RCP: Republican candidates are pledging to repeal the health care bill, and with your background in medicine and also as a leader in the Senate acutely aware of policy-making, what’s the best way for Republicans to proceed?
Frist: Republicans will not repeal the fundamentals of the new law. Because of the law’s unpopularity with so many hard-working, centrist voters, who see their health cost and taxes continuing to rise, the mantra of “repeal and replace” resonates at election time. Republicans will pick up 500 state legislative seats, the majority of governorships, and will regain control of the House. In two weeks, they then become the leaders of the legislative branch. The electorate wants results and their responsibility will be to constructively shape implementation of the new law.
RCP: If they try to repeal parts of the bill, what parts will they start with, and what is realistic?
Frist: Passing a law is 20% of the work (the easy part). Implementing it successfully requires 80% of the effort. As with Medicare and Medicaid in the 1960’s and 1970’s, implementation will ultimately be defined by regulatory language, interpretation of Congressional intent, and the outcome of elections (in this case, a series of elections in 2010, 2012, 2014, and 2016).
Repeal of discrete sections of the law are a possibility but will require solid bi-partisan support. For example, consideration will be given to repeal (or modification of) the Independent Payment Advisory Board. Is it too much power to allow 15 unelected individuals the absolute authority to unilaterally dictate with the force of law how to cut Medicare for as much as 2% a year every year?
RCP: What parts of this bill are solid and should stay in place if changes begin?
Frist: The “individual mandate,” the redefinition of the Medicaid coverage threshold to be 133% of poverty, the demonstration projects of accountable care organizations and medical homes, payment reform, and prevention are solid.
RCP: Do you think Republicans have been entirely correct in how they’ve portrayed the bill; do you think there misperceptions remain about the law as Democrats suggest?
Frist: Those who call the law a federal government takeover are wrong. Yes, there are more government mandates, bureaucracies, and hefty government spending, but our health care sector will maintain its rugged pluralism and its strong employer-based foundation (150 billion people). Care will continue to be delivered by non-government physicians and nurses working in non-government hospitals and facilities.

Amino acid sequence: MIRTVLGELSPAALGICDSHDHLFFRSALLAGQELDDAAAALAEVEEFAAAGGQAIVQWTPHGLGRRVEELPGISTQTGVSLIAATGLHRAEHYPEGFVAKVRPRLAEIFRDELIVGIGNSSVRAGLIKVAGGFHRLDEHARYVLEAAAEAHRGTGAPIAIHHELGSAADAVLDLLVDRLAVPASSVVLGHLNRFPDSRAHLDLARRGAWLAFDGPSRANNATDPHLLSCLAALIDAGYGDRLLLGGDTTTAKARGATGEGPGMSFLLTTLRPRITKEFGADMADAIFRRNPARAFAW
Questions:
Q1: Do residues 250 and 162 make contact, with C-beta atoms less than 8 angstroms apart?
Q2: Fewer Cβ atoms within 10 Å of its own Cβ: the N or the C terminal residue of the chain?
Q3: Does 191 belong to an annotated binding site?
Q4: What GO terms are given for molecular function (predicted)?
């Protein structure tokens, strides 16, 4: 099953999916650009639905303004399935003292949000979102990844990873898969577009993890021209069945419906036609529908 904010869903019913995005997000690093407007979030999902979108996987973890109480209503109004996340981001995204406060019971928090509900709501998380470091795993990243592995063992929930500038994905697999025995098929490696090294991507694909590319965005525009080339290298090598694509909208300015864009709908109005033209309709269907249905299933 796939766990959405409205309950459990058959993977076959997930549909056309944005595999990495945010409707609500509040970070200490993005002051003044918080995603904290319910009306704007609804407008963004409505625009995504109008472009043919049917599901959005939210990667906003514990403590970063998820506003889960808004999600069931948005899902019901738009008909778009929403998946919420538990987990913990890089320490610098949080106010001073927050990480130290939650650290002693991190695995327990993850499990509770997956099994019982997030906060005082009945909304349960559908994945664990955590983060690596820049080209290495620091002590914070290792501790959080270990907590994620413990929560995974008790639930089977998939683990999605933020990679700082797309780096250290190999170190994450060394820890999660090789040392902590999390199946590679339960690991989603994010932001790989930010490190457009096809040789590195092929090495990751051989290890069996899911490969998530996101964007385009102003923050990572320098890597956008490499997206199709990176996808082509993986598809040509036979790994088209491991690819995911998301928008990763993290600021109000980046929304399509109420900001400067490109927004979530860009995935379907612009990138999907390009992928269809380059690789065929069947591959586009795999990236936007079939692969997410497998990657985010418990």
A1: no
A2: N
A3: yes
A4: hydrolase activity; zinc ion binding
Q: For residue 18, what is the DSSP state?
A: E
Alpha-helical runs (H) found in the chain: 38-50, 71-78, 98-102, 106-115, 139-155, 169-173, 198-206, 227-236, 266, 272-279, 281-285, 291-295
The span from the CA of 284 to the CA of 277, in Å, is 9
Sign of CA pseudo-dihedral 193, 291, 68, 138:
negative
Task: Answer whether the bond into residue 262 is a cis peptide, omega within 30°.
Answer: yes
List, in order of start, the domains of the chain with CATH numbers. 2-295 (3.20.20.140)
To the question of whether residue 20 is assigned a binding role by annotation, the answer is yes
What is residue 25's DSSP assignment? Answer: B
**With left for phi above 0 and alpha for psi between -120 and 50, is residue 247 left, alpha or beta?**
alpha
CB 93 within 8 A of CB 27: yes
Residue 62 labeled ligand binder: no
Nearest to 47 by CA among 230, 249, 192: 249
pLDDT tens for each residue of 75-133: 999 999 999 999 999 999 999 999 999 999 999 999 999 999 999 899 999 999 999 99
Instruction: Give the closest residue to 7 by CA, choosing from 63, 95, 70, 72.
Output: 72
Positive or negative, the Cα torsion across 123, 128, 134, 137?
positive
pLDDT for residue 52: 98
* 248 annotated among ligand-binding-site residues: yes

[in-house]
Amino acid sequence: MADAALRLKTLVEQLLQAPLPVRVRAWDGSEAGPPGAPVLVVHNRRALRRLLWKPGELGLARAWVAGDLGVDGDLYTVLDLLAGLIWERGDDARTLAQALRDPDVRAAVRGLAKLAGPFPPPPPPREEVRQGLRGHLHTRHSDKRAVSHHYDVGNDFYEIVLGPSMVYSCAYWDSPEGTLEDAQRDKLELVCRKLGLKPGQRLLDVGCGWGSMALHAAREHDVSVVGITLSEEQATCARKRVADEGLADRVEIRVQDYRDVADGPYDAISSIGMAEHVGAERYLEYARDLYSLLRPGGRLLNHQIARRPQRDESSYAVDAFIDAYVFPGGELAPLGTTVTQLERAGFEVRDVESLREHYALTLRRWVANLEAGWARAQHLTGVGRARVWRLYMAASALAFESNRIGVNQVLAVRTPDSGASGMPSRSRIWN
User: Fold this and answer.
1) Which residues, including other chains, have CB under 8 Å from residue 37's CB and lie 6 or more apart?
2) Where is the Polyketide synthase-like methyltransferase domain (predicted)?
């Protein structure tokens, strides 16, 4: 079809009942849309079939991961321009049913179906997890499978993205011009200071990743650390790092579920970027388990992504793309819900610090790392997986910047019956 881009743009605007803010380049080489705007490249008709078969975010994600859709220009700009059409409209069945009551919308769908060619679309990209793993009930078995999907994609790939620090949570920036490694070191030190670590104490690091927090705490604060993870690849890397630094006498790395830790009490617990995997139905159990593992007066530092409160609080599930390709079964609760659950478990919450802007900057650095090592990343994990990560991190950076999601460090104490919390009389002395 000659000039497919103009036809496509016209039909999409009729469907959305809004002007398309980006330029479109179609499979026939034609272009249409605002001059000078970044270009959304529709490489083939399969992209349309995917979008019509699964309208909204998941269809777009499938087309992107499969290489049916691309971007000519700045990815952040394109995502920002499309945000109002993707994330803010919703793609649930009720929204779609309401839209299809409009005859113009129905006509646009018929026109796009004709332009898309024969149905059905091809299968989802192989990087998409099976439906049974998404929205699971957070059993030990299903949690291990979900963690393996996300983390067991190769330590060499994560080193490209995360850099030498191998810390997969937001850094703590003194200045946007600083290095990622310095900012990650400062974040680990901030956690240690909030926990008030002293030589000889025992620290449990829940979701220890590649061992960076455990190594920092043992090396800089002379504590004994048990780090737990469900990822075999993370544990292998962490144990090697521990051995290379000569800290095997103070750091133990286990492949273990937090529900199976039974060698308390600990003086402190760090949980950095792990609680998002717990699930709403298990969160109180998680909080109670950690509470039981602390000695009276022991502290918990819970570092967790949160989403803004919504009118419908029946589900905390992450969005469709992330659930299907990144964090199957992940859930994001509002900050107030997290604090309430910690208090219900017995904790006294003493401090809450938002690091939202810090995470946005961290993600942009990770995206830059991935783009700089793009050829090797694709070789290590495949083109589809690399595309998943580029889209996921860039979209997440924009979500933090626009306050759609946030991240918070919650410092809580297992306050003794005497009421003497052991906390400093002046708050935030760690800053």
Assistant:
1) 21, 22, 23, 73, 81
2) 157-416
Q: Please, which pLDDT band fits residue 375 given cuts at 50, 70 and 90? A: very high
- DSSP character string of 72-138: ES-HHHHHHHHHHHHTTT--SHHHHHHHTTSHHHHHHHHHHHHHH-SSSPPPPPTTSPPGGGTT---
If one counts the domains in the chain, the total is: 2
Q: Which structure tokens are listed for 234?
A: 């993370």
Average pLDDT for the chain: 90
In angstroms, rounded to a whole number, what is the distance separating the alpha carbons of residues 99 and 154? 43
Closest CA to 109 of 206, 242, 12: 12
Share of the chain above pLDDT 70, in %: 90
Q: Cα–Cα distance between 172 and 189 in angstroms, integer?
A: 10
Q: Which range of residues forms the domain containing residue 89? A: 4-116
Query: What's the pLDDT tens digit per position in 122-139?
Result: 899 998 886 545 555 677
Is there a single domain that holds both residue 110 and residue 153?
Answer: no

RCP: What new legislation would you like to see crop up regarding health care delivery in this country?
Frist: The health sector needs breathing room from new legislation. For innovation to prosper, new cost-effective treatments to emerge, accountable care organizations to be established, state exchanges to be operationalized, more laws are not needed. The sector needs some certainty and time to adapt.
RCP: How big of a role do you think health care and the new law will factor into the Republican presidential primary over the next year, and how do you think it will shake up the field?
Frist: The next presidential election will be determined by 2 things: the economy/jobs and Afghanistan. Health care will not be a defining issue in the presidential election in 2 years, but will be cited by voters as supporting evidence of one’s own views on taxes, the role of government, and entitlement spending (the debt).
RCP: If a Republican unseats President Obama in 2012, what’s the first step that president should take regarding health care policy?
Frist: The President must focus “like a laser beam” on health care costs. This will likely begin with provider payment reform which will transform fee-for-service, volume-based payments to value-based constructs. Incentives and markets will work. Government fiat will not.
RCP: What is being ignored currently in the implementation of the health care bill/what do you think will crop up in the debate in the next few years that we’re missing now?
Frist: The law is state-driven, not federally driven. Both the 16 million new entrants to Medicaid and the 24 million in the new health exchanges will be state-administered. Today, the federal government is inadequately serving the states in view of the huge (and I’d argue appropriate) responsibility it has thrust on the states.
RCP: What is the best way to curb health care costs in your view?
Frist: Markets and incentives. When fairly framed by government, they work. Just look at the Medicare Modernization Act of 2003. With transparency, competition, incentives, partnership with the private sector, prescription drug costs for seniors with Medicare have year after year have come in 10 – 20% less than predicted. That is bending the cost curve.
RCP: You’re still very involved in health care policy in the country from Tennessee; what’s topping your agenda on health care policy and what you will be doing over the next few years?
Frist: My life is health. I spend a third of my time on health care policy, a third on global health issues like children’s issues and clean water through Hope Through Healing Hands, and a third marrying private capital to dynamic managers who are constructively and innovatively addressing the “value equation” in health care. I loved transplanting hearts and I love transforming health care.
To read the entire interview on RealClearPolitics, please click here